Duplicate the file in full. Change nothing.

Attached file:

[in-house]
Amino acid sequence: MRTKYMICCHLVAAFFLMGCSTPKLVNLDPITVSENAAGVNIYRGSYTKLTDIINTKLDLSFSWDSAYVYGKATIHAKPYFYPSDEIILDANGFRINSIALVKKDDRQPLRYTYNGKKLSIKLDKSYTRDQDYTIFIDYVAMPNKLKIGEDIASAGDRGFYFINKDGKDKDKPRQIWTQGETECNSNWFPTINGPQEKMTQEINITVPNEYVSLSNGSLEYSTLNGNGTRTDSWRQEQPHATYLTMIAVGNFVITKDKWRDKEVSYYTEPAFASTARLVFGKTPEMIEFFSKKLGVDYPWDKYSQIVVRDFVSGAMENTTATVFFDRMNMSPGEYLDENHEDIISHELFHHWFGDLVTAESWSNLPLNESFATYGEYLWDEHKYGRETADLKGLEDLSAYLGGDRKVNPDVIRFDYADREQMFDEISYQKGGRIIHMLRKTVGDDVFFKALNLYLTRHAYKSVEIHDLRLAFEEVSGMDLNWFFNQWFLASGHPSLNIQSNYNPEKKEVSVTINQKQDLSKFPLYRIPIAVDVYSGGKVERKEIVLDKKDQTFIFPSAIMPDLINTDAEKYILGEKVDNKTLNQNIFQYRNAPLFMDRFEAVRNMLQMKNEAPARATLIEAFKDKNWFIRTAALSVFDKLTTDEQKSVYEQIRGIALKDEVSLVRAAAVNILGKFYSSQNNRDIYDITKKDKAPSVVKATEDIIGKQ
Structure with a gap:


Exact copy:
[in-house]
Amino acid sequence: MRTKYMICCHLVAAFFLMGCSTPKLVNLDPITVSENAAGVNIYRGSYTKLTDIINTKLDLSFSWDSAYVYGKATIHAKPYFYPSDEIILDANGFRINSIALVKKDDRQPLRYTYNGKKLSIKLDKSYTRDQDYTIFIDYVAMPNKLKIGEDIASAGDRGFYFINKDGKDKDKPRQIWTQGETECNSNWFPTINGPQEKMTQEINITVPNEYVSLSNGSLEYSTLNGNGTRTDSWRQEQPHATYLTMIAVGNFVITKDKWRDKEVSYYTEPAFASTARLVFGKTPEMIEFFSKKLGVDYPWDKYSQIVVRDFVSGAMENTTATVFFDRMNMSPGEYLDENHEDIISHELFHHWFGDLVTAESWSNLPLNESFATYGEYLWDEHKYGRETADLKGLEDLSAYLGGDRKVNPDVIRFDYADREQMFDEISYQKGGRIIHMLRKTVGDDVFFKALNLYLTRHAYKSVEIHDLRLAFEEVSGMDLNWFFNQWFLASGHPSLNIQSNYNPEKKEVSVTINQKQDLSKFPLYRIPIAVDVYSGGKVERKEIVLDKKDQTFIFPSAIMPDLINTDAEKYILGEKVDNKTLNQNIFQYRNAPLFMDRFEAVRNMLQMKNEAPARATLIEAFKDKNWFIRTAALSVFDKLTTDEQKSVYEQIRGIALKDEVSLVRAAAVNILGKFYSSQNNRDIYDITKKDKAPSVVKATEDIIGKQ
Structure with a gap: